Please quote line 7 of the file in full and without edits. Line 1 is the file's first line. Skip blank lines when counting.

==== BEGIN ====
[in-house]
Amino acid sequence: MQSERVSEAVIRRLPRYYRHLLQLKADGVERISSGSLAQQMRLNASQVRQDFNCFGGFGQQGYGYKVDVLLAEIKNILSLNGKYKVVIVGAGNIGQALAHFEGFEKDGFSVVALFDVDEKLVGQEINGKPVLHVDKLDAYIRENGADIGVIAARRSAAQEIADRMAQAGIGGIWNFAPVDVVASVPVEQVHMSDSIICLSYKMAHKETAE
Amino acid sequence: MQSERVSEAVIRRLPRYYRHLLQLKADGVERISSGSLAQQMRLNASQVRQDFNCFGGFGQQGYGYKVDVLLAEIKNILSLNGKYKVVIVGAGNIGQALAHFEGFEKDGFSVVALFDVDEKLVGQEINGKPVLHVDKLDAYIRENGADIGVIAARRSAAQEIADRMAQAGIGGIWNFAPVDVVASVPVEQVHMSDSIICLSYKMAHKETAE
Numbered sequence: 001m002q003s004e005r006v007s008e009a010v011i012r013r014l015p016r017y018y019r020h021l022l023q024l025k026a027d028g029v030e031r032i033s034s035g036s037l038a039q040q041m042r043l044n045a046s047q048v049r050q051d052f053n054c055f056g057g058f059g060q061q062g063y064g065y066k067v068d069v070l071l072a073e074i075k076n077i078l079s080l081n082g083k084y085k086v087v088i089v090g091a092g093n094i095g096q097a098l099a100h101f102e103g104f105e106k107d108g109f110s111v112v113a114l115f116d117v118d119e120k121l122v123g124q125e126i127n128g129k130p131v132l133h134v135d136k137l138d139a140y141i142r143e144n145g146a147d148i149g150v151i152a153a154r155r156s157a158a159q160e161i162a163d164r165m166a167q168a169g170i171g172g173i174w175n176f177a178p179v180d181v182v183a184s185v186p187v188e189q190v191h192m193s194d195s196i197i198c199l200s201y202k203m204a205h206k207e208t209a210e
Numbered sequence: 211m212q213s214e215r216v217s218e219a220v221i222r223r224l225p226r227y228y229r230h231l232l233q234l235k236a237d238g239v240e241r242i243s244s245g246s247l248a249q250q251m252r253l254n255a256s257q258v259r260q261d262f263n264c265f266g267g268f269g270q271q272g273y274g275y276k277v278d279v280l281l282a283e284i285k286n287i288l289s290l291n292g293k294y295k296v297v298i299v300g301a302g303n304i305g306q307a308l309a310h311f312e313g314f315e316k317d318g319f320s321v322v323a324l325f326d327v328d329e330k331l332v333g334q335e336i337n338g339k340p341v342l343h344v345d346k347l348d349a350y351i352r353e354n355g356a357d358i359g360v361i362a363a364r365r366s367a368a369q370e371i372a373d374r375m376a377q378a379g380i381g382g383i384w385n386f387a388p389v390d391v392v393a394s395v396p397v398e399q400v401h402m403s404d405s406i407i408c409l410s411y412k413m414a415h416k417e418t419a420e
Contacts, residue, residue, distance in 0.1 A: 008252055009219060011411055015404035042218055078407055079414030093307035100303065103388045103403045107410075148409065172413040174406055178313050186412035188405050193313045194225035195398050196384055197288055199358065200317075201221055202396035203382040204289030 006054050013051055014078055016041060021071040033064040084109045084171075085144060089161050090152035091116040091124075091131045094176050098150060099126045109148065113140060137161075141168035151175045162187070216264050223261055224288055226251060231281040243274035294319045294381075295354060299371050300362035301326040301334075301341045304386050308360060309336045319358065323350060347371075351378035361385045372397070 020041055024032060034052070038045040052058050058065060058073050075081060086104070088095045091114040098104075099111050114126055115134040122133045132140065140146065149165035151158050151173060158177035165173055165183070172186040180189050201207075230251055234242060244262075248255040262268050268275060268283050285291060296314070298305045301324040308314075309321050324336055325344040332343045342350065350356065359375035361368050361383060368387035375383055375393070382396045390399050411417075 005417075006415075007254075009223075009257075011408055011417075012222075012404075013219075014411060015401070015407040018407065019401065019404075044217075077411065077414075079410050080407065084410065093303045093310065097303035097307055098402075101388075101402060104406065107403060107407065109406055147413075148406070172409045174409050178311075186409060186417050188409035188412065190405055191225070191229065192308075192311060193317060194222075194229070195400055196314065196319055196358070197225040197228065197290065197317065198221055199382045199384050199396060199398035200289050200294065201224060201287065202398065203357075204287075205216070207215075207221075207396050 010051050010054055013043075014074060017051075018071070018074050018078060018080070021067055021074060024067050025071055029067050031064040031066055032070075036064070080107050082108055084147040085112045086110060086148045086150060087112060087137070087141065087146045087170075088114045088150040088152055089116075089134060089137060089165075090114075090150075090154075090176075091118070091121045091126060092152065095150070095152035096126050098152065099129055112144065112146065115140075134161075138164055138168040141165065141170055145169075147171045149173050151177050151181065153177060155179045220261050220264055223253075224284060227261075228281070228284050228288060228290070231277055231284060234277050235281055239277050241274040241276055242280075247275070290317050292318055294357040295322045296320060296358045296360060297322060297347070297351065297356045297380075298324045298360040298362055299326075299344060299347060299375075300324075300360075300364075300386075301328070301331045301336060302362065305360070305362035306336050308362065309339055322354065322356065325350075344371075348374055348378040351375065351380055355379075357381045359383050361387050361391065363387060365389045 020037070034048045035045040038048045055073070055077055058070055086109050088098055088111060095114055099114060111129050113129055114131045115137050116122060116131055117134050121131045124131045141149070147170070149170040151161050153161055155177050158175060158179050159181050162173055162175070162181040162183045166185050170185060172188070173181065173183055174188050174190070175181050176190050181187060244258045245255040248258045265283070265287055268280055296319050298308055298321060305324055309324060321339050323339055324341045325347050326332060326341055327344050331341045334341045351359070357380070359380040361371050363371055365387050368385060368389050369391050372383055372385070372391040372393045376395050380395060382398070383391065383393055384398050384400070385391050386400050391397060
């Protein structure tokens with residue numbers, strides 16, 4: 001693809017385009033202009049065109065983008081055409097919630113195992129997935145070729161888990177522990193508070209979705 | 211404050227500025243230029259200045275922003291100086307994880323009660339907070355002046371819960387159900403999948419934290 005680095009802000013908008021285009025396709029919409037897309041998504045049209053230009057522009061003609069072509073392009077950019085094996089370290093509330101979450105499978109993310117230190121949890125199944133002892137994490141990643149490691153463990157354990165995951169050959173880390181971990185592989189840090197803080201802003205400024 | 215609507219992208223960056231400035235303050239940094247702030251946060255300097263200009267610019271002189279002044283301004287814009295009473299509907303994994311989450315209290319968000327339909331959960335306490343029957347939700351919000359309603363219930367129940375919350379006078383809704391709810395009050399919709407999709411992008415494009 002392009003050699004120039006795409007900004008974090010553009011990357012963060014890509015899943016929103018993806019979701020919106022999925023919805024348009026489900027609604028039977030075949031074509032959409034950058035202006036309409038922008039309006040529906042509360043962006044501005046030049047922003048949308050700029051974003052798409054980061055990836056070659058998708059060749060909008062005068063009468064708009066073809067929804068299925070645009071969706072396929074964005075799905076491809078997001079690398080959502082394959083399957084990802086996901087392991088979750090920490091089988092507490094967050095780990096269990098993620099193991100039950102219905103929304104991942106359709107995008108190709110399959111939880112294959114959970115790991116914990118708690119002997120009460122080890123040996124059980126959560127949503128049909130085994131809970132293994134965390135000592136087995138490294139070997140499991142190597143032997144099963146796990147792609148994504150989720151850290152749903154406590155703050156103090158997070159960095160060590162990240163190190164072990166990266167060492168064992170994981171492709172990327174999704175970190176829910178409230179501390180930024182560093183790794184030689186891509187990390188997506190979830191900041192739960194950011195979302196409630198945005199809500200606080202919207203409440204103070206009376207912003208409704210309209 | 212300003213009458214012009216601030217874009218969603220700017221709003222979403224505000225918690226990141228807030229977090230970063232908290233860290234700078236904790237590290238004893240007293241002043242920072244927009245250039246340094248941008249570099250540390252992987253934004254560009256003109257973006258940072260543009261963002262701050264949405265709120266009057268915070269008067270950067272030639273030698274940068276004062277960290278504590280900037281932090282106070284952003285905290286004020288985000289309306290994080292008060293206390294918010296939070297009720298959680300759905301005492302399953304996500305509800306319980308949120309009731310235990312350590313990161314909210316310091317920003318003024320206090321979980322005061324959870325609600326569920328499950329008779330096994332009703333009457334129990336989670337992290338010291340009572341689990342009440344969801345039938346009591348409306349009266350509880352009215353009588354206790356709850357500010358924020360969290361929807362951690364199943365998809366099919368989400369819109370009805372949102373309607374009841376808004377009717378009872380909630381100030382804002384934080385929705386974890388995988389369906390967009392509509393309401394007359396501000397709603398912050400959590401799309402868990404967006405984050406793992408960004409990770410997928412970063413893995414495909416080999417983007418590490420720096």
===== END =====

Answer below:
């Protein structure tokens with residue numbers, strides 16, 4: 001693809017385009033202009049065109065983008081055409097919630113195992129997935145070729161888990177522990193508070209979705 | 211404050227500025243230029259200045275922003291100086307994880323009660339907070355002046371819960387159900403999948419934290 005680095009802000013908008021285009025396709029919409037897309041998504045049209053230009057522009061003609069072509073392009077950019085094996089370290093509330101979450105499978109993310117230190121949890125199944133002892137994490141990643149490691153463990157354990165995951169050959173880390181971990185592989189840090197803080201802003205400024 | 215609507219992208223960056231400035235303050239940094247702030251946060255300097263200009267610019271002189279002044283301004287814009295009473299509907303994994311989450315209290319968000327339909331959960335306490343029957347939700351919000359309603363219930367129940375919350379006078383809704391709810395009050399919709407999709411992008415494009 002392009003050699004120039006795409007900004008974090010553009011990357012963060014890509015899943016929103018993806019979701020919106022999925023919805024348009026489900027609604028039977030075949031074509032959409034950058035202006036309409038922008039309006040529906042509360043962006044501005046030049047922003048949308050700029051974003052798409054980061055990836056070659058998708059060749060909008062005068063009468064708009066073809067929804068299925070645009071969706072396929074964005075799905076491809078997001079690398080959502082394959083399957084990802086996901087392991088979750090920490091089988092507490094967050095780990096269990098993620099193991100039950102219905103929304104991942106359709107995008108190709110399959111939880112294959114959970115790991116914990118708690119002997120009460122080890123040996124059980126959560127949503128049909130085994131809970132293994134965390135000592136087995138490294139070997140499991142190597143032997144099963146796990147792609148994504150989720151850290152749903154406590155703050156103090158997070159960095160060590162990240163190190164072990166990266167060492168064992170994981171492709172990327174999704175970190176829910178409230179501390180930024182560093183790794184030689186891509187990390188997506190979830191900041192739960194950011195979302196409630198945005199809500200606080202919207203409440204103070206009376207912003208409704210309209 | 212300003213009458214012009216601030217874009218969603220700017221709003222979403224505000225918690226990141228807030229977090230970063232908290233860290234700078236904790237590290238004893240007293241002043242920072244927009245250039246340094248941008249570099250540390252992987253934004254560009256003109257973006258940072260543009261963002262701050264949405265709120266009057268915070269008067270950067272030639273030698274940068276004062277960290278504590280900037281932090282106070284952003285905290286004020288985000289309306290994080292008060293206390294918010296939070297009720298959680300759905301005492302399953304996500305509800306319980308949120309009731310235990312350590313990161314909210316310091317920003318003024320206090321979980322005061324959870325609600326569920328499950329008779330096994332009703333009457334129990336989670337992290338010291340009572341689990342009440344969801345039938346009591348409306349009266350509880352009215353009588354206790356709850357500010358924020360969290361929807362951690364199943365998809366099919368989400369819109370009805372949102373309607374009841376808004377009717378009872380909630381100030382804002384934080385929705386974890388995988389369906390967009392509509393309401394007359396501000397709603398912050400959590401799309402868990404967006405984050406793992408960004409990770410997928412970063413893995414495909416080999417983007418590490420720096």